Nissan still makes the Maxima sport sedan -- it's just called Altima now.

Well, not exactly.

The Maxima is still in Nissan's lineup, of course -- but it has evolved from aggressive sport sedan to near-luxury cruiser. It no longer offers a manual transmission, for one thing (all '07 Maximas come standard with a CVT). And it carries a base price of $28,050 for another.

These facts render the Maxima less appealing to enthusiast drivers -- as well as less accessible.

The Altima, on the other hand, still offers a close ratio six-speed manual transmission (a CVT is optional), along with the same punchy 3.5 liter DOHC V-6 that's been the Maxima's calling card and chief attraction for several years now.

In fact, the '07 Altima's version of the 3.5 liter V-6 is actually stronger than the current Maxima's version -- 270 horsepower vs. 255. That's a first. And along with the availability of a six-speed manual gearbox, clear evidence of the Altima's new role as Nissan's top-gun sport sedan.

Best of all, you'll save about four grand, too.

The base price of the '07 Altima SE with the six-speed transmission is $24,000 on the nose -- a figure that's a lot more manageable for younger, twenty-something enthusiast buyers than the Maxima's pushing $30k entry price point.

Four-cylinder versions are even less -- $17,950 for the base model.

Granted, you won't get the raw power of the V-6 for your 18k. But you can get a manual transmission -- which makes up for a lot. The actual difference, 0-60, between a CVT-equipped V-6 Maxima and a six-speed Altima with the 175-hp, 2.5 liter four is not all that much -- about 7 seconds flat for the Maxima and just under 8 seconds for the manual-equipped Altima 2.5. Both cars are quick. But which is more fun to drive? For the typical enthusiast type, the answer would be -- the one with the manual transmission! Even if it's not as powerful.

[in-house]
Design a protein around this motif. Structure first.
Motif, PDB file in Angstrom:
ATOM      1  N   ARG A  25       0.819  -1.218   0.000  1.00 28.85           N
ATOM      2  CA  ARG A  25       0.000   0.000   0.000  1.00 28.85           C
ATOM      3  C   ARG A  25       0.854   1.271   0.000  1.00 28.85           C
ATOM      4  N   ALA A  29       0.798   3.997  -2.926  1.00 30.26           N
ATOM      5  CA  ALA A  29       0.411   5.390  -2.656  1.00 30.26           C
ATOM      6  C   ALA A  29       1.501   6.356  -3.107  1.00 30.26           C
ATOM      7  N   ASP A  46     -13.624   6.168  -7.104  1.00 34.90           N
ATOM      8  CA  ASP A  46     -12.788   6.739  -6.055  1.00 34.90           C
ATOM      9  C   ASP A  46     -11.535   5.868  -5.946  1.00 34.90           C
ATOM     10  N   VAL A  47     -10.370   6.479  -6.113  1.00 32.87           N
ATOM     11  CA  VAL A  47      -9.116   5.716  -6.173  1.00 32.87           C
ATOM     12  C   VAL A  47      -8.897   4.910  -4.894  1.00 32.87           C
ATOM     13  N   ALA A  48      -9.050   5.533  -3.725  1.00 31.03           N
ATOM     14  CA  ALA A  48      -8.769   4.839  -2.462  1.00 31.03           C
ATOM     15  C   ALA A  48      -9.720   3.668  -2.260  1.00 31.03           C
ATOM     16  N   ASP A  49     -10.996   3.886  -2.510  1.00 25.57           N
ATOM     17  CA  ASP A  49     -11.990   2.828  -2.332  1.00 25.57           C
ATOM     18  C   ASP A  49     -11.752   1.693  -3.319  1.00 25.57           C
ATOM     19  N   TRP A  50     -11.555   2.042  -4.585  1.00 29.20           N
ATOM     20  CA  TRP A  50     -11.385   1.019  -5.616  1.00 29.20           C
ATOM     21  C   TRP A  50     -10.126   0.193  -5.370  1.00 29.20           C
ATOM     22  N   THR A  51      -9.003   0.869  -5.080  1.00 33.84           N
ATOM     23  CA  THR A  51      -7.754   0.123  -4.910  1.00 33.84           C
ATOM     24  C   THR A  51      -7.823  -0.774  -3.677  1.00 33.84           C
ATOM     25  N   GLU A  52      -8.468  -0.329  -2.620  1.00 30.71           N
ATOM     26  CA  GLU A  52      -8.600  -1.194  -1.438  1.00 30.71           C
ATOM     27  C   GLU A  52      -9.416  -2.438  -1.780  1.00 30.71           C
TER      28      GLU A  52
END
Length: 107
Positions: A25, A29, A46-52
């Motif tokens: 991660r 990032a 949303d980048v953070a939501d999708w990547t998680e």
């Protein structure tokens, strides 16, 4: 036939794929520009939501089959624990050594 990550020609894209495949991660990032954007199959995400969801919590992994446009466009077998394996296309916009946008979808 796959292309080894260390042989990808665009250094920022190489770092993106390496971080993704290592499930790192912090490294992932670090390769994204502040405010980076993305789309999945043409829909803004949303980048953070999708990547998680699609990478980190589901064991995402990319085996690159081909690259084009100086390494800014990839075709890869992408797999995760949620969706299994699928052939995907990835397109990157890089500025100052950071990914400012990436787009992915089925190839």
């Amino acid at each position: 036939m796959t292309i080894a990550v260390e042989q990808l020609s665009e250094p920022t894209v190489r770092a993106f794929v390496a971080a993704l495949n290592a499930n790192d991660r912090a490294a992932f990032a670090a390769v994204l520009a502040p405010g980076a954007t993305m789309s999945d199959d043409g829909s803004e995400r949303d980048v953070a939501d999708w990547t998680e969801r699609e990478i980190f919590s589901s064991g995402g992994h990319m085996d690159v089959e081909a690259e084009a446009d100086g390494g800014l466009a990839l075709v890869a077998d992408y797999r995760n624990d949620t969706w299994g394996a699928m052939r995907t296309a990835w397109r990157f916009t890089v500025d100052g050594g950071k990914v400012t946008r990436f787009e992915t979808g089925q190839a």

And if it's considerably less expensive (the Altima 2.5's MSRP is close to $11k less than the base MSRP of the Maxima) then hey, that makes up for a lot.

Besides, there's always the V-6/six-speed version. It's still cheaper than the Maxima V-6 -- and for the first time, it's more powerful and quicker, too.

And keep in mind: You're getting more or less the same interior space; in fact, the current Altima actually has a good bit more rear-seat legroom (39.5 inches vs. 36.5 for the Maxima) and slightly more front-seat headroom (40.6 inches vs. 40.1 inches) than the current Maxima. The Maxima does have about an inch-and-a-half advantage in front-seat legroom (43.9 inches vs. 42.4 for the Altima) but it's a dead heat when it comes to trunk space (15.3 cubic feet for the Altima and 15.5 cubic feet for the Maxima). Unless you have exceptionally long legs, you probably won't have any trouble in the Altima, front seat legroom-wise. (I'm 6 ft. 3 and had no issue driving either car.)

But the difference in rear seat legroom is definitely noticeable if you're taller -- and here the Altima's the clear winner.

None of the above is meant to slam the Maxima -- it's just that the target audience (and the relative strong points of both the Maxima and the Altima) are different now than they were in previous years -- so it's important to update the mental hard drive.
And these differences can actually work to the benefit of enthusiast drivers looking for the sort of package the Maxima used to offer but which is now being sold under a different label, so to speak.